In addition to the five senses humans and most other vertebrates experience, some fish have a sixth - the ability to detect electrical fields in their environment. These 'weakly electric' fish, principally the African Mormyriformes and the South American Gymnotidae, have developed a unique electrosensory system which consists of an organ that generates pulse-type electrical signals and an array of subcutaneous electroreceptor cells which detect electrical signals. Weakly electric fish use these unique adaptations to detect and identify objects and organisms in their environment and to communicate with other weakly electric fish.
Anatomy of the Electrosensory System
The electrosensory system consists of the electric organ which generates electric signals and the array of electroreceptor cells which detect electrical fields in the fish's environment.
The electric organ is located in the tail of a weakly electric fish. It consists of between two and five rows of electrocytes, modified muscle or nerve cells that produce the fish's electric organ discharge, or EOD. The EOD is quite small, typically less than one volt, which sets weakly electric fish apart from the better-known electric eel, ray, and catfish; these produce discharges as strong as 600 volts. There are several different forms of electrocytes which have been documented in different species, and both the type of electrocyte and the dimensions of the whole electric organ determine the waveform of the EOD.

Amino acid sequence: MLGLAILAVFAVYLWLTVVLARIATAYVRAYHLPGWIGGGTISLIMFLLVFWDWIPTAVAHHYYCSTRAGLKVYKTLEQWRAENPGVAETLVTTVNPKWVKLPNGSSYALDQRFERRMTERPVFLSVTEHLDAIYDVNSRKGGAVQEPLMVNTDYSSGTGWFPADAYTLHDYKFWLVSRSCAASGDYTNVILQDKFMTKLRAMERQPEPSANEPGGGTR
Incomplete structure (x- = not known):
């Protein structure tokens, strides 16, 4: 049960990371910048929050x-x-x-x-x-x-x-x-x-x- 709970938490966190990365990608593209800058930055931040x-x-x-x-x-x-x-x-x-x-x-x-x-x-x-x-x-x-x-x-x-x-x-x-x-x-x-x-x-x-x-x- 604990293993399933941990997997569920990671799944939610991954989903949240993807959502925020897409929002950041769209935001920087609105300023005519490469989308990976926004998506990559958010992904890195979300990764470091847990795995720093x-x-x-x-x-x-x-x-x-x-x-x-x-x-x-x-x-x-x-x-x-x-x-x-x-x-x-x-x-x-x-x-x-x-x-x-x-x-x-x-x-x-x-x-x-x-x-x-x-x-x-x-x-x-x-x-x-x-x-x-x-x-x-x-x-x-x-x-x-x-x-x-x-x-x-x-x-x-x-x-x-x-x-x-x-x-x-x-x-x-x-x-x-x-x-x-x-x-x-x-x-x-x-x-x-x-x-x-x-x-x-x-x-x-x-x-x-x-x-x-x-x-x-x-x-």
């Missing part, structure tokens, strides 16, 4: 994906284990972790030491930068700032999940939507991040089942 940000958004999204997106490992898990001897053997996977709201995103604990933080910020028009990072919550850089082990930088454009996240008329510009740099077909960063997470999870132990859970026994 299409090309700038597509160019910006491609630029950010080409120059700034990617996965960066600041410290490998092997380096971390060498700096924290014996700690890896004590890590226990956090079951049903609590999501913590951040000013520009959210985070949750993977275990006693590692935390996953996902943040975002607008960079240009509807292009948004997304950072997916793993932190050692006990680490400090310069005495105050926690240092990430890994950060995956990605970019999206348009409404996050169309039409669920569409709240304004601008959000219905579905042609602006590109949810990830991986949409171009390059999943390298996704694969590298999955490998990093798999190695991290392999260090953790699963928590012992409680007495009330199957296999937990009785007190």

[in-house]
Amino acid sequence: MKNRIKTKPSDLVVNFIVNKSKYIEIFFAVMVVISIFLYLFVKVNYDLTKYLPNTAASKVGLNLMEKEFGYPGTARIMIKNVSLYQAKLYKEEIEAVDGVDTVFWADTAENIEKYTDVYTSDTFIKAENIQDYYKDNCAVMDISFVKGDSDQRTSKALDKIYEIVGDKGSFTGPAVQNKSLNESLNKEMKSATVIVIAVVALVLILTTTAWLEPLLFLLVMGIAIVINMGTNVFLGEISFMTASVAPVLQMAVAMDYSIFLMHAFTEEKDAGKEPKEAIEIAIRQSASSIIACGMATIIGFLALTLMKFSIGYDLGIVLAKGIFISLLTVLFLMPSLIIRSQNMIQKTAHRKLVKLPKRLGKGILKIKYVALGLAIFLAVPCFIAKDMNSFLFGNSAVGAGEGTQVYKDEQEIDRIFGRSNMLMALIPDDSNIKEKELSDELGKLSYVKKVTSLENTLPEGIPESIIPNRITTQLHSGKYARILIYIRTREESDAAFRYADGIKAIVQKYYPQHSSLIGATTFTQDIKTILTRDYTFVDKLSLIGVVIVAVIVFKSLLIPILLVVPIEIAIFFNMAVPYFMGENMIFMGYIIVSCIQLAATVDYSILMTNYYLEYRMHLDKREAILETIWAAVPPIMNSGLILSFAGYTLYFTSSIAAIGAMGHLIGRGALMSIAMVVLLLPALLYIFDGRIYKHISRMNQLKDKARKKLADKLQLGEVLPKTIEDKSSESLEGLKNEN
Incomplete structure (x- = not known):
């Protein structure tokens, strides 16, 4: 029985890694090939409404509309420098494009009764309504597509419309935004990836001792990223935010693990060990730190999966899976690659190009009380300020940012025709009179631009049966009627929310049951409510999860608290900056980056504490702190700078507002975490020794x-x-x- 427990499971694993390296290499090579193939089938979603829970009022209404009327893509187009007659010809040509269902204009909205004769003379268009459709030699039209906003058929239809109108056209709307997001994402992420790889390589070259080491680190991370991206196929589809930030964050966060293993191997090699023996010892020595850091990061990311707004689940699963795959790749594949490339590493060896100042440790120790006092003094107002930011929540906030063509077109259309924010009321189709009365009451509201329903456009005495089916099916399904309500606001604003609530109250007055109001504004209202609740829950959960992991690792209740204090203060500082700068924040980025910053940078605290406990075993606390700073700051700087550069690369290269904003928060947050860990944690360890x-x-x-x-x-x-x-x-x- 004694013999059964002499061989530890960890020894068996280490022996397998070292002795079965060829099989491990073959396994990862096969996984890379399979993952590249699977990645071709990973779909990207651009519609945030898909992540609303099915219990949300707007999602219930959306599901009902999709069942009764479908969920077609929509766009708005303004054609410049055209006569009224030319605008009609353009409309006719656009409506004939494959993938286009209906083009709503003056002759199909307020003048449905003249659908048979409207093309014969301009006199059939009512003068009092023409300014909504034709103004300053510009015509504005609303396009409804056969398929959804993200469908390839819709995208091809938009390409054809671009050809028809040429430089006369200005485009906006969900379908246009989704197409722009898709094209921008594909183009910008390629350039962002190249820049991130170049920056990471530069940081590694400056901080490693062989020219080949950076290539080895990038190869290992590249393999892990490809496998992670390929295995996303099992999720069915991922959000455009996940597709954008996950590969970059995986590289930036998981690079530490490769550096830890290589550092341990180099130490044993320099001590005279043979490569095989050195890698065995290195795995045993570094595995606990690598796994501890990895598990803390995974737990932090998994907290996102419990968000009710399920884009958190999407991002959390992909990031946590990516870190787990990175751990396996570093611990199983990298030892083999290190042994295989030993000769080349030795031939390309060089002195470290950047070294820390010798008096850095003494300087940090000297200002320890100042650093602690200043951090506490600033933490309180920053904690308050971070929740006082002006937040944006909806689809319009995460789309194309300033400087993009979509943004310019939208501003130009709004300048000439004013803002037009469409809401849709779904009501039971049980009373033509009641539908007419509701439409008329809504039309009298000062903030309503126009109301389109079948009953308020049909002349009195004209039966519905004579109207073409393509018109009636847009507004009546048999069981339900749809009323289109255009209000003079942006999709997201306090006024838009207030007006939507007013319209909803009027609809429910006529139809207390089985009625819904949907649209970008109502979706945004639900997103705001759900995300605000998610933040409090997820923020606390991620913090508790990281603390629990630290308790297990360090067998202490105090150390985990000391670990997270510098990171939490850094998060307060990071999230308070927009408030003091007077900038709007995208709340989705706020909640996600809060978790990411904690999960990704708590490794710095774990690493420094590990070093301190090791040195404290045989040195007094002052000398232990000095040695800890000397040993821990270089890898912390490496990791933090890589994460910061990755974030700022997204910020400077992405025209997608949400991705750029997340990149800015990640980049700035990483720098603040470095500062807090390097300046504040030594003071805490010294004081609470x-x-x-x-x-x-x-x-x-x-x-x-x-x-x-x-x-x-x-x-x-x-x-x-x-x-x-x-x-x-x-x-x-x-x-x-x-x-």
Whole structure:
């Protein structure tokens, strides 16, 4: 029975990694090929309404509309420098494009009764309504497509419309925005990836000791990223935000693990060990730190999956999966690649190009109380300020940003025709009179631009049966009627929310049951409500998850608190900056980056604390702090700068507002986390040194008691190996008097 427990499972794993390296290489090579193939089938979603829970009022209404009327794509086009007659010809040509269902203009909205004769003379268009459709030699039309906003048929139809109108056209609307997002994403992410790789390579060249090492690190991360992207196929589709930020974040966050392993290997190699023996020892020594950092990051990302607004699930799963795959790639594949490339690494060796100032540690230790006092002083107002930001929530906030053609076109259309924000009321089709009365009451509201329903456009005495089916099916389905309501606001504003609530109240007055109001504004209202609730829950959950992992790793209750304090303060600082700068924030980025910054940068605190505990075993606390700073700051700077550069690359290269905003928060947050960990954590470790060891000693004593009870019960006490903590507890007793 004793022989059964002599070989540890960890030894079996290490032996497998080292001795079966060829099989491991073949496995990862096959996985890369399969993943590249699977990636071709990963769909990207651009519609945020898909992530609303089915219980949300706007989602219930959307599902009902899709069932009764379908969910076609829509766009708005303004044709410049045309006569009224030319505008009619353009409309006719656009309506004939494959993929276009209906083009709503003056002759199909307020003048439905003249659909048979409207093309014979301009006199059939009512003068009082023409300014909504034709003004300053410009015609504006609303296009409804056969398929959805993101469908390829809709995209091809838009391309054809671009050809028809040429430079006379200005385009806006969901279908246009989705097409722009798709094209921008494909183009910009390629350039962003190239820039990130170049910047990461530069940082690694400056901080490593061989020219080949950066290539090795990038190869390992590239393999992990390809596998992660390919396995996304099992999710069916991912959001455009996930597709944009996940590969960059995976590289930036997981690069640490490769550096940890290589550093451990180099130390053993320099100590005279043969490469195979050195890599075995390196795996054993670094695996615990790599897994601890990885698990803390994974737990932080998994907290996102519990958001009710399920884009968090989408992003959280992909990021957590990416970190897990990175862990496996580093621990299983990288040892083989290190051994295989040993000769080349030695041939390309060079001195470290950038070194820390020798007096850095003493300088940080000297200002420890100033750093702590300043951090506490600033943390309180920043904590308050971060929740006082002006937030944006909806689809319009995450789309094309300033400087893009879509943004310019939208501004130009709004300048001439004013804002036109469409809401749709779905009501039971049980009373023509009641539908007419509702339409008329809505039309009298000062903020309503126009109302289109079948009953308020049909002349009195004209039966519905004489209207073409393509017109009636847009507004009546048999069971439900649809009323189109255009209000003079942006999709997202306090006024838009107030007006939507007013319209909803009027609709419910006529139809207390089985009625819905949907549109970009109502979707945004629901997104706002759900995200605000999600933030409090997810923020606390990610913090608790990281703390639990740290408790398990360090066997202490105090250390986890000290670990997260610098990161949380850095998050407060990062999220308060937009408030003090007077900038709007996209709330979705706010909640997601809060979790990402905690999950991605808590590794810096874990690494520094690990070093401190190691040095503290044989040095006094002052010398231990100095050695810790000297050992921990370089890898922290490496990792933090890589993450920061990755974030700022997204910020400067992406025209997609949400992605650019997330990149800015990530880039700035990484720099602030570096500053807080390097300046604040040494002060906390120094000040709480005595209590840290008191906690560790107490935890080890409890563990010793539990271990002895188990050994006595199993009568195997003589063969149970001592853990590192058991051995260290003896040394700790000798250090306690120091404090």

The size and shape of the electric organ is apparently adapted to a given species' environment. Weakly electric fish native to highly conductive water tend to have short, broad electric organs, while those that live in less conductive water have long, thin organs; presumably these shapes generate EODs that transmit better in the fish's native waters (9).
The electroreceptor array is spread across the body of a weakly electric fish, just under the skin. The skin itself is not very electrically resistive, which presumably improves the sensitivity of the electroreceptor cells (5).
Just as with electrocytes, there are a variety of different types of electroreceptors, each sensitive to a different parameter of electric signals such as signal strength, polarity, and phase. Study of the banded knifefish, species Gymnotus carapo, has shown that electroreceptors are especially concentrated on the head and around the mouth, which is handy for detection of the electrical fields generated by prey animals (6).